Chinese Researchers Knock Out Myostatin Gene in Beagles with CRISPR, Generating First Gene-Edited Dogs
Joyce Park stashed this in Science
There needs to be a moratorium on CRISPR in China, because these dogs are freakin' TERRIFYING.
Terrifying! Why would the scientists do this??
Scientists in China say they are the first to use gene editing to produce customized dogs. They created a beagle with double the amount of muscle mass by deleting a gene called myostatin.
The dogs have “more muscles and are expected to have stronger running ability, which is good for hunting, police (military) applications,” Liangxue Lai, a researcher with the Key Laboratory of Regenerative Biology at the Guangzhou Institutes of Biomedicine and Health, said in an e-mail.
Really, I'm scared.
Lai said his group had no plans breed to breed the extra-muscular beagles as pets. Other teams, however, could move quickly to commercialize gene-altered dogs, potentially editing their DNA to change their size, enhance their intelligence, or correct genetic illnesses. A different Chinese Institute, BGI, said in September it had begun selling miniature pigs, created via gene editing, for $1,600 each as novelty pets.
The Chinese beagle project was led by Lai and Gao Xiang, a specialist in genetic engineering of mice at Nanjing University. The dogs are being kept at the Guangzhou General Pharmaceutical Research Institute, which says on its website that it breeds more than 2,000 beagles a year for research. Beagles are commonly used in biomedical research in both China and the U.S.
Genome editing refers to newly developed techniques that let scientists easily disable genes or rearrange their DNA letters. The method used to change the beagles, known as CRISPR-Cas9, is particularly inexpensive and precise (see “10 Breakthrough Technologies 2014: Genome Editing”).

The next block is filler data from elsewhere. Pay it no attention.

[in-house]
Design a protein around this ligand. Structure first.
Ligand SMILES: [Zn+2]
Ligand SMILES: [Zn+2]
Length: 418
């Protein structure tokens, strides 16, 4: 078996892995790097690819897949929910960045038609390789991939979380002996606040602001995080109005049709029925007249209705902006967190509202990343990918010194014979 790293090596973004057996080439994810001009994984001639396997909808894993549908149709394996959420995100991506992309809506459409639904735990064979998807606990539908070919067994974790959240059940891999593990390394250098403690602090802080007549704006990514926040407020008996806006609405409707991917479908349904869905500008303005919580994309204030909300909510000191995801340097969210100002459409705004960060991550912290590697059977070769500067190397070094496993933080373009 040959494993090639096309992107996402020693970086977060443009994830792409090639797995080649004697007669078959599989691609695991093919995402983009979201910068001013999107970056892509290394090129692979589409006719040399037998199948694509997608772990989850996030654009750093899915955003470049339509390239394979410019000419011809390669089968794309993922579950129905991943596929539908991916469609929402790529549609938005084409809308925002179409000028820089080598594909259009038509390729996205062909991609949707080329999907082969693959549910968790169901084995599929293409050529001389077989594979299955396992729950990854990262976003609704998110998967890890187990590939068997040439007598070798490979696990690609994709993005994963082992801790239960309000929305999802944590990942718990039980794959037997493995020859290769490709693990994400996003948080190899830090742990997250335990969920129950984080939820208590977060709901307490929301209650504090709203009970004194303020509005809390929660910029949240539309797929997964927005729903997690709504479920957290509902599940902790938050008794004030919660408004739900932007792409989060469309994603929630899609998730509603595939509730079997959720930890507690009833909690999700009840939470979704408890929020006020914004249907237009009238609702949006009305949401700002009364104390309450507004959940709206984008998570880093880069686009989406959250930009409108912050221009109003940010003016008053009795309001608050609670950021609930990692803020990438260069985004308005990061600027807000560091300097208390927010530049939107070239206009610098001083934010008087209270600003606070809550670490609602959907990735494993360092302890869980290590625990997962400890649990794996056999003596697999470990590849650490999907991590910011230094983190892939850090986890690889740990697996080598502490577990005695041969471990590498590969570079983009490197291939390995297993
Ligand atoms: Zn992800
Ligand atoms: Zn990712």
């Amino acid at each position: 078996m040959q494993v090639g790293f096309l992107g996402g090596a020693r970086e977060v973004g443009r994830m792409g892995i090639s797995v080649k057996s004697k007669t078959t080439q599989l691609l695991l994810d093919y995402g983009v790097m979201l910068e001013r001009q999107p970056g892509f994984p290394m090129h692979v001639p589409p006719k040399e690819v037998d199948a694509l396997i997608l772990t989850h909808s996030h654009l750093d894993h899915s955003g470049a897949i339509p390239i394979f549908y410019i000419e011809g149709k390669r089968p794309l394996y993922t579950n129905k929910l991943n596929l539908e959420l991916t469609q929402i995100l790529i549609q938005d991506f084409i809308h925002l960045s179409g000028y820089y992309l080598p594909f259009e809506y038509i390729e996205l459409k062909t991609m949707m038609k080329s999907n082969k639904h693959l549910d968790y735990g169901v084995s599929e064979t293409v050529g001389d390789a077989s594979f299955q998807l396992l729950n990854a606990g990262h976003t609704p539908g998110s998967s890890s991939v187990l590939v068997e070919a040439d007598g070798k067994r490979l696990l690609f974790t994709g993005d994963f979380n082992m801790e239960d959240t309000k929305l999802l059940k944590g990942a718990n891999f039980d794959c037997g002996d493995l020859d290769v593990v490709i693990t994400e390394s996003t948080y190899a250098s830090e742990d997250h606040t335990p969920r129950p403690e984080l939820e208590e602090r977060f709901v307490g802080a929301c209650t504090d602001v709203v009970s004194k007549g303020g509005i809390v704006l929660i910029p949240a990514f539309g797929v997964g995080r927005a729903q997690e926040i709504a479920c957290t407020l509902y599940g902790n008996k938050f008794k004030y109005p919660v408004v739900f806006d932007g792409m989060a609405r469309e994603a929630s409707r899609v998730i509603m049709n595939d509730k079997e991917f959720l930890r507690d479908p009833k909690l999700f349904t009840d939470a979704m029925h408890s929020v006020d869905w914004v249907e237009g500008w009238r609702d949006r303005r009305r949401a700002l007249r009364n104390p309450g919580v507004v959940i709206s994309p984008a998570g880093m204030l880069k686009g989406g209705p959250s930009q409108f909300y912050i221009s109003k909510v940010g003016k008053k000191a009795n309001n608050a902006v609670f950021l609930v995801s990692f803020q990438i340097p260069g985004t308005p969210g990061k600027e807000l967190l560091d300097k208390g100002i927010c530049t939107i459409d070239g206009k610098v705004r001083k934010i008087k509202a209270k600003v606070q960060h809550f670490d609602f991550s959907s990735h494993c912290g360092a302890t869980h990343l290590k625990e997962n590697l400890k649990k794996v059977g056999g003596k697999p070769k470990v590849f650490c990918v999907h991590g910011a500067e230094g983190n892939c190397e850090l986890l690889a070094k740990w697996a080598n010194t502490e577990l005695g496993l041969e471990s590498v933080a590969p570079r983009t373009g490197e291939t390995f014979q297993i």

Last month, Duanqing Pei, a representative of the Chinese Academy of Sciences, highlighted Lai’s work as part of what he called a large Chinese effort to modify animals using CRISPR. The list of animals already engineered using gene editing in China includes goats, rabbits, rats, and monkeys. Pei described the efforts as a national scientific priority and part of China’s effort to establish world-class research.
The ease with which gene-editing can be carried out has raised worries that humans could be next (see “Engineering the Perfect Baby”). Those fears were stoked in April when another Chinese team reported altering human embryos in the laboratory in an attempt to correct a genetic defect that causes beta-thalassemia (see “Chinese Team Reports Gene-Editing Human Embryos”).
People have been influencing the genetics of dogs for millennia. By at least 36,000 years ago, early humans had already started to tame wolves and shape the companions we have today. Charles Darwin frequently cited dog breeding in The Origin of Species to demonstrate how evolution gradually occurs by a process of selection. With CRISPR, however, evolution is no longer gradual or subject to chance. It is immediate and under human control.
It is precisely that power that is stirring wide debate and concern over CRISPR. Yet at least some researchers think that gene-edited dogs could put a furry, friendly face on the technology. In an interview this month, George Church, a professor at Harvard University who leads a large effort to employ CRISPR editing, said he thinks it will be possible to augment dogs by using DNA edits to make them live longer or simply make them smarter.
Church said he also believed the alteration of dogs and other large animals could open a path to eventual gene editing of people. “Germline editing of pigs or dogs offers a line into it,” he said. “People might say, ‘Hey, it works.’ ”